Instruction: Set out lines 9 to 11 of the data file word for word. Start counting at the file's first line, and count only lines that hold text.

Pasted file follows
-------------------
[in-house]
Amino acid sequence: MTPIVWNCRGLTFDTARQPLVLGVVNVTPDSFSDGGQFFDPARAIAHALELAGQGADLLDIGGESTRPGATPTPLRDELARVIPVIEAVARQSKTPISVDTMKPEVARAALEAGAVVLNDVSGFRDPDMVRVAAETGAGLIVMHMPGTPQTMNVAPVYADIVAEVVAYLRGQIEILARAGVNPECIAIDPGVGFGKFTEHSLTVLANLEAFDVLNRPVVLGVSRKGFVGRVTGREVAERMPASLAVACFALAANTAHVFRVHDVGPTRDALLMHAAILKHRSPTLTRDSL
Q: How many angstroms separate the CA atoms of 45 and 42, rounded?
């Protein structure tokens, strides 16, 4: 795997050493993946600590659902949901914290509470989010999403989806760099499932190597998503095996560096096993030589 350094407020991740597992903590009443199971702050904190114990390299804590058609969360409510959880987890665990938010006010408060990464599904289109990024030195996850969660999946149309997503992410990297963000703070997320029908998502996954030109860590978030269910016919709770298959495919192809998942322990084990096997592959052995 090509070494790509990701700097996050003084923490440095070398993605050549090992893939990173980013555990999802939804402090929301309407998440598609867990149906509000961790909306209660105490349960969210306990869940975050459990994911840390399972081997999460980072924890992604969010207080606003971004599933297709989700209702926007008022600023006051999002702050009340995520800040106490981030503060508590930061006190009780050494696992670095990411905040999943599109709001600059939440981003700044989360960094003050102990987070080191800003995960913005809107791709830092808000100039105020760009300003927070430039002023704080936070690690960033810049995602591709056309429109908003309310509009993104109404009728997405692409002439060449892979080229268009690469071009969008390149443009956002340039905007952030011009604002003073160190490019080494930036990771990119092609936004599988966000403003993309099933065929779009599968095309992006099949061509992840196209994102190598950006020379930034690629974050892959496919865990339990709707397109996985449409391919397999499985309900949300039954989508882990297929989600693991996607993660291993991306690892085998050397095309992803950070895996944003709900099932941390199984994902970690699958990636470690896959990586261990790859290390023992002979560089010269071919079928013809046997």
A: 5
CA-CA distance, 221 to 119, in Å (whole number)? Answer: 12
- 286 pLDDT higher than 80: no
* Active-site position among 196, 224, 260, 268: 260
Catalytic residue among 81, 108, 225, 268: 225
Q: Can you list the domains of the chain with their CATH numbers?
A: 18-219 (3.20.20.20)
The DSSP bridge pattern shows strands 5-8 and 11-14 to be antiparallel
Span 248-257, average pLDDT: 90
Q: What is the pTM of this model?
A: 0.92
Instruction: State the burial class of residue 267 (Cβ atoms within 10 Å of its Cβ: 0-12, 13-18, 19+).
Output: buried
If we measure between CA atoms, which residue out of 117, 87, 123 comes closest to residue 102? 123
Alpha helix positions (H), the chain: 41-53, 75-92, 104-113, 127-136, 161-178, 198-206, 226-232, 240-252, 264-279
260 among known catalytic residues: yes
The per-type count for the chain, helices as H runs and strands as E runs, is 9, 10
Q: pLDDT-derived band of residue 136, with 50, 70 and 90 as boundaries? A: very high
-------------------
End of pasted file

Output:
Catalytic residue among 81, 108, 225, 268: 225
Q: Can you list the domains of the chain with their CATH numbers?
A: 18-219 (3.20.20.20)